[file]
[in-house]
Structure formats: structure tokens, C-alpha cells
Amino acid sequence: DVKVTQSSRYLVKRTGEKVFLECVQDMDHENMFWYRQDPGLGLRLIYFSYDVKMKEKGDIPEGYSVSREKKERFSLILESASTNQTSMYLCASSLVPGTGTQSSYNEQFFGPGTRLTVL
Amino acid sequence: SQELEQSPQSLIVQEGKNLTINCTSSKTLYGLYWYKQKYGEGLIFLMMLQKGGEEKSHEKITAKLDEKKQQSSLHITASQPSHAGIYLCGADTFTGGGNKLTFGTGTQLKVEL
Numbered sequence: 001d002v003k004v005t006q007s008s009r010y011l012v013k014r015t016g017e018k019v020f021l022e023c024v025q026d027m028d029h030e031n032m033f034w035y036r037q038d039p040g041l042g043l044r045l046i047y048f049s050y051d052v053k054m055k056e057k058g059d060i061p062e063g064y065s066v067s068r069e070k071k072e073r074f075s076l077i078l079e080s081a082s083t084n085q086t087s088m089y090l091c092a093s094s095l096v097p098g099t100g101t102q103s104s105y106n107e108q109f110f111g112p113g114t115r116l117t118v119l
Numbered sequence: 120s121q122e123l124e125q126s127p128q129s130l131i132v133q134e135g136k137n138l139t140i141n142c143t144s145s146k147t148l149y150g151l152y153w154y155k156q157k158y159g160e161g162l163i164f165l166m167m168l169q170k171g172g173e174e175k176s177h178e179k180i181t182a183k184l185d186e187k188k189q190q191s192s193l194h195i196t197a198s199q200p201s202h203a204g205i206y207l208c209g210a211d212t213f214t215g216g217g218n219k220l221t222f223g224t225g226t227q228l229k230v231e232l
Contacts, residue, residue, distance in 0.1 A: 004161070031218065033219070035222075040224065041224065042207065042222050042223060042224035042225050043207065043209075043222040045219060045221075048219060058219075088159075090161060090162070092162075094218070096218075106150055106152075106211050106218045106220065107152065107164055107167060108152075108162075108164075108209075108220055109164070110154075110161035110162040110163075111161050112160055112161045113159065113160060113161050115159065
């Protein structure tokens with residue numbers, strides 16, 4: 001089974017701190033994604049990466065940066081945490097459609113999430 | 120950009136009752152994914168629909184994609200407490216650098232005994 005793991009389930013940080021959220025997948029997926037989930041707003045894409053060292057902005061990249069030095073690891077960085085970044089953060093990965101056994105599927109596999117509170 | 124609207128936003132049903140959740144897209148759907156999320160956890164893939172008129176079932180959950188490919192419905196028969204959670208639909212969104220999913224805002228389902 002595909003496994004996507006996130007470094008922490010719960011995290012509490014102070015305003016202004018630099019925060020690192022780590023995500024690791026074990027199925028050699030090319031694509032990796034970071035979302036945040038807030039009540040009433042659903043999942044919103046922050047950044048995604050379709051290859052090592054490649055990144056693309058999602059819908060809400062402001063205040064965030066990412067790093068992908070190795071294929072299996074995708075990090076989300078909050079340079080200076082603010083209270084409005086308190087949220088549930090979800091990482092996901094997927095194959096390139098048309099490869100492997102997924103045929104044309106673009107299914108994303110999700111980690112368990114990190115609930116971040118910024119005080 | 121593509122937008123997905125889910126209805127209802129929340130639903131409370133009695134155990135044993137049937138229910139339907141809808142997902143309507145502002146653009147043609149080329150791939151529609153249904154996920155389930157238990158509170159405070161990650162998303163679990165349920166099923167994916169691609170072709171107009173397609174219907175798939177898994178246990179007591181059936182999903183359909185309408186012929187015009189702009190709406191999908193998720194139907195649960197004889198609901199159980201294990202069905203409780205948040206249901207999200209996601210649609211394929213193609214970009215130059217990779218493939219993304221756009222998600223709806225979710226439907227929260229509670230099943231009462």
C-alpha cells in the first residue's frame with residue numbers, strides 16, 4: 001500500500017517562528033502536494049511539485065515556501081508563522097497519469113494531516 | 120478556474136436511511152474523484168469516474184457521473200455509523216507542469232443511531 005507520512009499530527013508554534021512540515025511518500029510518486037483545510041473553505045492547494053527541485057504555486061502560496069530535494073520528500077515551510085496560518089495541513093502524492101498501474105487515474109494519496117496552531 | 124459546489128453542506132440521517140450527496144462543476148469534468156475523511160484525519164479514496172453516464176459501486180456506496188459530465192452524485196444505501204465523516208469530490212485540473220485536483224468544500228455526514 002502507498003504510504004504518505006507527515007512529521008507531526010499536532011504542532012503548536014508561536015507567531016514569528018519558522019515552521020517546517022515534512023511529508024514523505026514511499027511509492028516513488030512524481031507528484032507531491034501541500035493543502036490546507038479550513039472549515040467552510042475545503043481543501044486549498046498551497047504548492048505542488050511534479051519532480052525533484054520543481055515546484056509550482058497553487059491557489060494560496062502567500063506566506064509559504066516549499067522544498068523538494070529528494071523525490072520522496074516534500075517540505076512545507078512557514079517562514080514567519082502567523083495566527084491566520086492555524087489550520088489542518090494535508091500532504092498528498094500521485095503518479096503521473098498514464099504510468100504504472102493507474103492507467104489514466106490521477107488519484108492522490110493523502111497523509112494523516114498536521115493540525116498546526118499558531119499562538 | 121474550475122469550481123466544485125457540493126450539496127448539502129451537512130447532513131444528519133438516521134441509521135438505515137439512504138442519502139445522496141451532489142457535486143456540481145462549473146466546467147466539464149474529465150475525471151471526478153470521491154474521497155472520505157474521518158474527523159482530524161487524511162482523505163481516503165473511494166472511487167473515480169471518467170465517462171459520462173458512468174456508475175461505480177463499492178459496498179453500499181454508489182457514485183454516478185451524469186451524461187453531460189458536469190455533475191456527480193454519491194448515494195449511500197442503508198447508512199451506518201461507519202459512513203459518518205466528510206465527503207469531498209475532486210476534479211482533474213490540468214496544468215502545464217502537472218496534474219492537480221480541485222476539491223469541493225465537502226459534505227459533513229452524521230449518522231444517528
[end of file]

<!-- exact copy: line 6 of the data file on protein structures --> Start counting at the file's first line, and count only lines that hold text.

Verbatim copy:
Numbered sequence: 120s121q122e123l124e125q126s127p128q129s130l131i132v133q134e135g136k137n138l139t140i141n142c143t144s145s146k147t148l149y150g151l152y153w154y155k156q157k158y159g160e161g162l163i164f165l166m167m168l169q170k171g172g173e174e175k176s177h178e179k180i181t182a183k184l185d186e187k188k189q190q191s192s193l194h195i196t197a198s199q200p201s202h203a204g205i206y207l208c209g210a211d212t213f214t215g216g217g218n219k220l221t222f223g224t225g226t227q228l229k230v231e232l